You don’t need to jump on every new thing immediately, but keep your mind open to the possibility—indeed, the likelihood—that something you never heard of yesterday will be the only thing your agents are talking about today, and a vital part of your business tomorrow.
10. Be diligent with proven tools
That said, one proven path to failure is to start ignoring the things that you know are currently working in favor of something new and shiny that’s not yet an established success. Just because a highly successful agent tells you that some QR-code-driven app download thing is the wave of the future, this does not mean you should get rid of your website tomorrow in favor of the new thing! In fact, just the opposite.
You should become familiar with more than one lead generation and marketing strategy, ideally by using several, which should supplement each other. One of your biggest assets that you can provide new agents is your knowledge and understanding of what really works, and the best way to cultivate that is to spend time getting to know your tried-and-true tools.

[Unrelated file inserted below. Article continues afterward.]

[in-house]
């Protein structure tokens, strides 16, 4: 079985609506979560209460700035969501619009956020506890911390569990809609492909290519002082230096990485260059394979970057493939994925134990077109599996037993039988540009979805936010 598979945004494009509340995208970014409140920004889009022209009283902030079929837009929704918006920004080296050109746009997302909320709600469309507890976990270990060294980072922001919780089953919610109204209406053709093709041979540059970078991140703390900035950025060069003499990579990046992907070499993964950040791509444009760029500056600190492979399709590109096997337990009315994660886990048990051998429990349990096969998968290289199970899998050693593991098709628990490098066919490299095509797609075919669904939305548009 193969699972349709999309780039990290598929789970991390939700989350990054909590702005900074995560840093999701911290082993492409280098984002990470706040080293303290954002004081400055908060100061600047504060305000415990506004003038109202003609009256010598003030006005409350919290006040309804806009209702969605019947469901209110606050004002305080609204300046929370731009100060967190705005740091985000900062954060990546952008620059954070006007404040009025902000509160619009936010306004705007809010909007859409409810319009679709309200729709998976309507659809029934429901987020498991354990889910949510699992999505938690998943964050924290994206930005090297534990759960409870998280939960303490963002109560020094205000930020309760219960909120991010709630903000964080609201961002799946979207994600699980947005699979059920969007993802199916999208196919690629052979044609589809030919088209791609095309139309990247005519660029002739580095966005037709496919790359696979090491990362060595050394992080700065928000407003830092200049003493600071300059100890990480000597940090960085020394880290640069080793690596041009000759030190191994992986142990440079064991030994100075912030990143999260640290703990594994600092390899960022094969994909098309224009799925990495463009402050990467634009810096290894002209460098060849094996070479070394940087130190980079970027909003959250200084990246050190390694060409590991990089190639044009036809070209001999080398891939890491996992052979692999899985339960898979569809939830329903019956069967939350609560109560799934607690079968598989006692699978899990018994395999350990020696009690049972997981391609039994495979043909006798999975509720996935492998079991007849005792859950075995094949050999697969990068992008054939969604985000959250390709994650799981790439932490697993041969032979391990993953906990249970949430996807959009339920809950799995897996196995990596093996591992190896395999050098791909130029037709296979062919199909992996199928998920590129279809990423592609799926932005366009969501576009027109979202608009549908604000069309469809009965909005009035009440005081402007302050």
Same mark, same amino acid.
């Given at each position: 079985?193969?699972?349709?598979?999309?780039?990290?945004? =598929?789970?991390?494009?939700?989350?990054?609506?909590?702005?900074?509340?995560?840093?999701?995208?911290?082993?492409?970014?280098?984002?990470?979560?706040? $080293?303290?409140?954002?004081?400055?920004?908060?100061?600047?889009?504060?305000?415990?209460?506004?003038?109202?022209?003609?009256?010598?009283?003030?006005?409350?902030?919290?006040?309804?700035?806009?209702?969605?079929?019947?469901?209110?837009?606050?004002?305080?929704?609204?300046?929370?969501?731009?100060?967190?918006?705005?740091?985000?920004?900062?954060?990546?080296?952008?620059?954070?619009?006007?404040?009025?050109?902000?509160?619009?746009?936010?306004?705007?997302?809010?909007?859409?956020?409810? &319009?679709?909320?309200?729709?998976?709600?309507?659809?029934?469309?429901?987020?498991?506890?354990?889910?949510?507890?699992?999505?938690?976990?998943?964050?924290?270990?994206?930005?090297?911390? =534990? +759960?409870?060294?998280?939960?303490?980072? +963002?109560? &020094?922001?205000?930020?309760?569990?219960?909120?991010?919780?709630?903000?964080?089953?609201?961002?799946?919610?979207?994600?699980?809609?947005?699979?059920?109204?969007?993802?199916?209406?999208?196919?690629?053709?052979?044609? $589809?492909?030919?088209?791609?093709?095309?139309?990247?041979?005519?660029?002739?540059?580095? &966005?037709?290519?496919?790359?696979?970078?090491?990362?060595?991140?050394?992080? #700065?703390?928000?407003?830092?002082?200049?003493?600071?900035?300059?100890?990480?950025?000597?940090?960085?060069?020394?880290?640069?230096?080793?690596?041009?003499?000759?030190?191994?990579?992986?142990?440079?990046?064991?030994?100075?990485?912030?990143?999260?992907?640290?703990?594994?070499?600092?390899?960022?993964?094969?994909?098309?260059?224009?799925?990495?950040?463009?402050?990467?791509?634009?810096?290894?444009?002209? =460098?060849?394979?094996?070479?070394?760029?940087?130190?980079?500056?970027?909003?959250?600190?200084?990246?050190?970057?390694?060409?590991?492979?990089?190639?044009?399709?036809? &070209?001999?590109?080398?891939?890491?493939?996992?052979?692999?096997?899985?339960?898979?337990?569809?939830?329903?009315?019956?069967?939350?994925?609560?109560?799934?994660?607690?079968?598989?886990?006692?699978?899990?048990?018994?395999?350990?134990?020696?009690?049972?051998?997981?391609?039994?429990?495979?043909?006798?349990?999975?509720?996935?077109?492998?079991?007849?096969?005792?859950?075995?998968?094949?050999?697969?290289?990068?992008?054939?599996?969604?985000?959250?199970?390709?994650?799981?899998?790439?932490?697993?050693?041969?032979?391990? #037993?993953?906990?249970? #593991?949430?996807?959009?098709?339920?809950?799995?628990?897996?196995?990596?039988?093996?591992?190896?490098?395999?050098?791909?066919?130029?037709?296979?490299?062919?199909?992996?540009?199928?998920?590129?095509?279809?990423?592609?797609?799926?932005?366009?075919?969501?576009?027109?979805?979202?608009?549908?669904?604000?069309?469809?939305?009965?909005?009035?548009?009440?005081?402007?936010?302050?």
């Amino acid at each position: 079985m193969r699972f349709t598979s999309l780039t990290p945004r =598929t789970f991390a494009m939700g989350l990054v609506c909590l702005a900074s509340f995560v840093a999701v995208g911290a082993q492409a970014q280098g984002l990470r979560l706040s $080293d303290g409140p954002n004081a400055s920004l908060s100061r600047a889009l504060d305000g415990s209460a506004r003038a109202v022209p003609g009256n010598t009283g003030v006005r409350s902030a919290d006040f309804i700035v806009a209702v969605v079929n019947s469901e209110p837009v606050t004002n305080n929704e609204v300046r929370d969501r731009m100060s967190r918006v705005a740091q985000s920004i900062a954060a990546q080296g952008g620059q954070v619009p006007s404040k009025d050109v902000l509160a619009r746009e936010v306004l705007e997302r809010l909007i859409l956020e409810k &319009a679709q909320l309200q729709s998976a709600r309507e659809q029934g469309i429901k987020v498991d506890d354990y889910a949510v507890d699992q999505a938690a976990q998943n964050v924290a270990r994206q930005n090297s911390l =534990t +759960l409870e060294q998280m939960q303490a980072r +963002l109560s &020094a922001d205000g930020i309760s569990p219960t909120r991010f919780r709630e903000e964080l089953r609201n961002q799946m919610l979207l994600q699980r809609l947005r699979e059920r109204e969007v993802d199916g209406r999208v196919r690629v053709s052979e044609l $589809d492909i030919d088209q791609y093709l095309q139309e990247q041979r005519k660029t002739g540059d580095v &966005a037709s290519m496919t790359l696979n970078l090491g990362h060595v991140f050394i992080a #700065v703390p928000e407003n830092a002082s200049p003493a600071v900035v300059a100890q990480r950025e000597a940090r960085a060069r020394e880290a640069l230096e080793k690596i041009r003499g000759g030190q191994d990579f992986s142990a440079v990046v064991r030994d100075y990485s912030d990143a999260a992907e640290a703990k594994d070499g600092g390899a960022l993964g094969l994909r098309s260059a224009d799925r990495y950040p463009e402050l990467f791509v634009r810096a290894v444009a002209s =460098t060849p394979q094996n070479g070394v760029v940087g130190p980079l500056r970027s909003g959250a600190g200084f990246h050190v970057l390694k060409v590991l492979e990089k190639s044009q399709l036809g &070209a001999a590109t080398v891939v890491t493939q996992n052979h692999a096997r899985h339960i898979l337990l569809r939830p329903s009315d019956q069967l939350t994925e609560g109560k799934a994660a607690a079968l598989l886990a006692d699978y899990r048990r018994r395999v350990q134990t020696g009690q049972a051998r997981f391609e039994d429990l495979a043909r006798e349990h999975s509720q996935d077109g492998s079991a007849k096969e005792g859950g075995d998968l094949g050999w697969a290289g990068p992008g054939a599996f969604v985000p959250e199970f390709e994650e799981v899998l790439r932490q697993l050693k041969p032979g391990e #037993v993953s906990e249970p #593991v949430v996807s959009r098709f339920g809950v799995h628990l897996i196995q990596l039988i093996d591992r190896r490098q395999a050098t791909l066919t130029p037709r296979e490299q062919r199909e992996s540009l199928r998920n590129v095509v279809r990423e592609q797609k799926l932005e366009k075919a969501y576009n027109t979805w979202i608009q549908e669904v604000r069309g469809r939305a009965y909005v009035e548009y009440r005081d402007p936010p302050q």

We don’t know yet what’s going to happen with Tik-Tok and real estate, but we do know that creating a landing page for your listing on your website can be leveraged in multiple places to capture a buyer’s email address. See what Placester can offer brokers and their agents!
11. Take advantage of free tech training
Some brokers might not know the first thing about the different tools they provide their agents or how those tools actually work, especially if those brokers have been outside of a sales role for years. You don’t necessarily have to become the resident in-house expert on all of the different tech offerings that a brokerage can provide; however, it also doesn’t hurt to browse through the webinar and how-to article catalog to see what you might be able to learn in your own time.